In 2013 two people were killed when a Williams-owned petrochemical facility in Louisiana exploded. The Occupational Safety and Health Administration cited the company for a “willful violation” of standard safety practices for that incident. Also last year, 13 construction workers were injured when a Williams gas facility caught fire in Branchburg, New Jersey. This March a Williams gas plant in Plymouth, Washington, exploded, injuring five and forcing the evacuation of the entire town. In April a Williams pipeline in West Virginia exploded, setting fire to two acres of trees. Later that month a pipeline in Wyoming owned by Williams caught fire, forcing the evacuation of 95 nearby residents. And last month a Williams compressor station in Pennsylvania caught fire.
“Three major incidents in less than a year — that’s too frequent,” says Dan Tillema, the lead investigator at the safety board. “That’s more than we’d typically see.”
Williams says it is committed to safety and is conducting an internal audit of its safety practices.
“The string of incidents was very uncharacteristic,” says Williams spokesman Chris Stockton. “When we do have incidents, we take them very seriously … Safety is not a destination you reach. It’s an ongoing journey.”
Stockton also points out that Williams has operated pipelines near the Rockaways for decades without incident, including one in nearby Long Beach.
Still, that’s little reassurance to those in the Rockaways. They say no matter how safely Williams operates the pipeline, it will always be a danger to the neighborhood.
‘People didn’t have electricity. They weren’t watching the news.’
Rockaway Beach is a middle-class community filled mostly with one- and two-story houses, tightly packed together. It is surrounded by beach and ocean and is an hour from Manhattan on public transit. Though part of New York City, it feels a world apart.
On a recent gray weekday, Victoria Barber and her friend Albert Carcaterra, 19, met at the office of You Are Never Alone (YANA) a community organization that helps locals with rebuilding homes destroyed by Hurricane Sandy as well as with applying for jobs and food stamps.
The office has become the de facto center for anti-pipeline activism, with several groups, including CARP (mostly defunct since construction on the pipeline began) and the newer, more aggressive No Rockaway Pipeline, which has attempted to shut down work on the pipeline in protests.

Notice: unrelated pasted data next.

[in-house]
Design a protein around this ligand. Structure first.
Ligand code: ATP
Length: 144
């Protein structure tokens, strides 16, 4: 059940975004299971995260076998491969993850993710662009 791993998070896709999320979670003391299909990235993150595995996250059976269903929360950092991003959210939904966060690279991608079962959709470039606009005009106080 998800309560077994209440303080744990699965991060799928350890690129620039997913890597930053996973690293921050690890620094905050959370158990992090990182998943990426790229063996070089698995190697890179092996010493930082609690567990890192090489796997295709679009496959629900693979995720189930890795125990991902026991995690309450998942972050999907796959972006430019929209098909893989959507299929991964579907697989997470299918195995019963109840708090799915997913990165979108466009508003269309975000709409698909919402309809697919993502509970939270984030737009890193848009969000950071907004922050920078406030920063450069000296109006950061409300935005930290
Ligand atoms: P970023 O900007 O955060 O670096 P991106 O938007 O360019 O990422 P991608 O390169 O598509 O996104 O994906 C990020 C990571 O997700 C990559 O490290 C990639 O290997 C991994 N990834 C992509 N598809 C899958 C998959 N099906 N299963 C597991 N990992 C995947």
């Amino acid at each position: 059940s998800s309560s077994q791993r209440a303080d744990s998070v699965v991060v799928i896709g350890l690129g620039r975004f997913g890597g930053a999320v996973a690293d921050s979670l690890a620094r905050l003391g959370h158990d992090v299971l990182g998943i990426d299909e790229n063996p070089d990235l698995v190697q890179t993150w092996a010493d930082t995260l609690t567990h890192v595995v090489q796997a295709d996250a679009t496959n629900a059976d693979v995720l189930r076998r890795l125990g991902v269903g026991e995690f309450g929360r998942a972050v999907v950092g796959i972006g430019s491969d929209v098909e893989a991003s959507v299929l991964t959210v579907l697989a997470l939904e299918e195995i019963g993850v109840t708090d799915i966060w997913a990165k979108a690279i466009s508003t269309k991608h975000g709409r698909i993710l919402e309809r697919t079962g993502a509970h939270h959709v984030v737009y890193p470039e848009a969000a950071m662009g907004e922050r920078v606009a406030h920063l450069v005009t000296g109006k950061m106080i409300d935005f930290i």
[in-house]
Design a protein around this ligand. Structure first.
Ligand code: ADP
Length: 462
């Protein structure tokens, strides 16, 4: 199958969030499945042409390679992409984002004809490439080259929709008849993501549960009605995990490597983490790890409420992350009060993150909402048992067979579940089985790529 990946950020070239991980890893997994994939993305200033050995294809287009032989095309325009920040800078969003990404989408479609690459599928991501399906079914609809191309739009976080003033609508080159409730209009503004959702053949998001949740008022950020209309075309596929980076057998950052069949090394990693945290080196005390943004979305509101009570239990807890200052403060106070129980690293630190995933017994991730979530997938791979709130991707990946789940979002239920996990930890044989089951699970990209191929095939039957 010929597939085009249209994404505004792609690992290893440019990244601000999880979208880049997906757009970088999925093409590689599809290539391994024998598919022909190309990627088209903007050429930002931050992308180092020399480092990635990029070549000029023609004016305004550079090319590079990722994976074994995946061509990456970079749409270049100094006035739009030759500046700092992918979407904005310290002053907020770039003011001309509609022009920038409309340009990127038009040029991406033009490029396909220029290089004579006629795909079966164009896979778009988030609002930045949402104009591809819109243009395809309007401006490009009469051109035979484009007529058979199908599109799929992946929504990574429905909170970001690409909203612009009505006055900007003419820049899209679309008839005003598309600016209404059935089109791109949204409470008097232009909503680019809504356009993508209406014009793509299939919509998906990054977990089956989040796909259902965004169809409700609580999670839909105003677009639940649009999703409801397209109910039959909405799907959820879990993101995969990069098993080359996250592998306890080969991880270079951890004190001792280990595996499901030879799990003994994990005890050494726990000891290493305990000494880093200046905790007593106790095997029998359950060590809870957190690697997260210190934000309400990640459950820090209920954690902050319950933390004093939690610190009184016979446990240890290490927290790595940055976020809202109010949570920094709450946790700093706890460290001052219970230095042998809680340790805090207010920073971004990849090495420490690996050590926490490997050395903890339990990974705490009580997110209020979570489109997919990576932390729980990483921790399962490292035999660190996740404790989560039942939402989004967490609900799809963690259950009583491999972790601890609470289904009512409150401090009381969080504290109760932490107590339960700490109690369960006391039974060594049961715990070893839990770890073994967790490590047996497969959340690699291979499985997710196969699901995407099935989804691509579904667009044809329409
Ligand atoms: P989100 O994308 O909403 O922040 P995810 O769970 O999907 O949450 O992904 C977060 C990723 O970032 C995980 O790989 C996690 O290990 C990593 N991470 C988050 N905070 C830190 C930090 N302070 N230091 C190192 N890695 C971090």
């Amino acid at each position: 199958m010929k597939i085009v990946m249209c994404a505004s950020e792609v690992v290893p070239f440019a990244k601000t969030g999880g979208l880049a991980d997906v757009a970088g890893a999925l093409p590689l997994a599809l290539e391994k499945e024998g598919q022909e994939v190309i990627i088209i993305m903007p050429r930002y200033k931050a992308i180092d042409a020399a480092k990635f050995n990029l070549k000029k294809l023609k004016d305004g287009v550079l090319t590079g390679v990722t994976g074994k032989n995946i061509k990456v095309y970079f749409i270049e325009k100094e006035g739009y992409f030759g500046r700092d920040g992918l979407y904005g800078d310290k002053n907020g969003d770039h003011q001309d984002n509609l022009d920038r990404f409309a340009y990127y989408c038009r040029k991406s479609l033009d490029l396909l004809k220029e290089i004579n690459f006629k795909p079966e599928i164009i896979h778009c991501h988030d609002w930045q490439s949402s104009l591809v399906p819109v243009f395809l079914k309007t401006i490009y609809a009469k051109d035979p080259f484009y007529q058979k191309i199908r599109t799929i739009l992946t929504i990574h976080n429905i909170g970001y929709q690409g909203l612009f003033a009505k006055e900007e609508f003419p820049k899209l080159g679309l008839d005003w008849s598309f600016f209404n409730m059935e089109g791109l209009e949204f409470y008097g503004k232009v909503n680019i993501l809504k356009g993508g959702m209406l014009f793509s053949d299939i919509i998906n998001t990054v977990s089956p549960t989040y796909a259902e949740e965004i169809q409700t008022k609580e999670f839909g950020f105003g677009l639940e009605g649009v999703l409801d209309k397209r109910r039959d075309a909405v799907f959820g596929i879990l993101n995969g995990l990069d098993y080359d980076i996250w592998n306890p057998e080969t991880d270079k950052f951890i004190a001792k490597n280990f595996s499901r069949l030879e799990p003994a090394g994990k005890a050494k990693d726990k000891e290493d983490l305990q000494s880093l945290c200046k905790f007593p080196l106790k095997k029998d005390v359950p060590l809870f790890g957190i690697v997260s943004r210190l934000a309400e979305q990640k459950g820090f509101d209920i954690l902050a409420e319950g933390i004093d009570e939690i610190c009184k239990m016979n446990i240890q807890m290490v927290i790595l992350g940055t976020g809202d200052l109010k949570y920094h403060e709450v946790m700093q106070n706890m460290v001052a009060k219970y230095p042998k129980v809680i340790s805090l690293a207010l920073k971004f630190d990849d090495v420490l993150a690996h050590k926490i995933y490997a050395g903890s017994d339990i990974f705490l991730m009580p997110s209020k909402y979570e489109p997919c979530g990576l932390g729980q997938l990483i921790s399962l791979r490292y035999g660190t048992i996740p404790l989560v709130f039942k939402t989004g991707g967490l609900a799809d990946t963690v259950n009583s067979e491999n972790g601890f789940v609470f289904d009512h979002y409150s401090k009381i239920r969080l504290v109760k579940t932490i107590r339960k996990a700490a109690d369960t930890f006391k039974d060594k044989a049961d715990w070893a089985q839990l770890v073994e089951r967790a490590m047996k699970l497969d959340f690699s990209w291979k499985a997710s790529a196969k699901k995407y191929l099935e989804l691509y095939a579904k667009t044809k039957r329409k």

Barber and Carcaterra drove to the beach to photograph the drilling rig and boats as part of Barber’s project to take photos of the neighborhood; she has an exhibition of her post-Sandy photo series at the YANA office now. Except for a small sign on a construction access road, there’s no indication the pipeline is being built at all.
They say that most people in the neighborhood don’t know about the pipeline, and the two don’t blame them. The New York Natural Gas Supply Enhancement Act — the bill that gave Williams the federal OK for the pipeline — was passed by Congress and signed into law in November 2012, weeks after Hurricane Sandy ravaged the Rockaways, leaving thousands in the area without power. (Because the pipeline runs through nationally protected land, it needed an act of Congress to be approved.)
Barber believes that if the public had been more informed and the timing of the bill had been different, opposition would have been stronger. “People didn’t have electricity,” she says. “They weren’t watching the news.”
The review process was stacked against pipeline opponents from the start, say the activists.
The shorter National Grid segment connects the Williams pipeline to a metering station under the Jamaica Bay Wildlife Refuge, a federally protected wildlife habitat. The Williams segment required a federal environmental review as an interstate pipeline. (It connects the Transco pipeline to New York City’s gas delivery system via New Jersey.) But the National Grid portion was billed as an expansion of the company’s services in New York City and therefore required only the city’s approval, which it got in 2012.
‘The long, public back-and-forth communication between regulators and us turned out to be a sham. We voiced all our concerns, only to have them ignored.’
According to Andrew Jones, a fellow at the Center for Urban Environmental Reform at the City University of New York, the pipeline’s division allowed federal regulators to approve the Williams portion without considering its full potential for environmental impact. He believes that the two pipelines are one project and should be reviewed as such by the federal government.
The separate approvals for both segments of what should be a single pipeline “proved that the long, public back-and-forth communication between regulators and us turned out to be a sham,” says Maureen Healy, a CARP co-founder and a longtime anti-fracking activist from Brooklyn. “We voiced all our concerns, only to have them ignored.”
With both sections scheduled to begin operation in November, Healy, Barber and others say it’s time to start focusing on the future. They say for the safety of the community, it’s important that people not forget that the Rockaway Lateral Project exists and remember how controversial it was at its inception.
When the pipeline in San Bruno exploded in 2010, it was 54 years old. Hardly anyone knew it was there.
In the Rockaways, people are paying attention now. That attention can help keep Williams, politicians and federal regulators on their toes, says Mark McDonald, a pipeline safety expert at NatGas Consulting, which works to improve the safety of natural gas projects. But after the last inch of pipe is laid and the ground covered up, the beach will go back to looking like any other beach, the golf course like a golf course and the park like a park — and it’s likely that the attention surrounding the pipeline will dissipate.
“The pipeline goes in, and everyone will go back with their lives,” McDonald says. “That’s where the concern comes in, because everyone will forget.”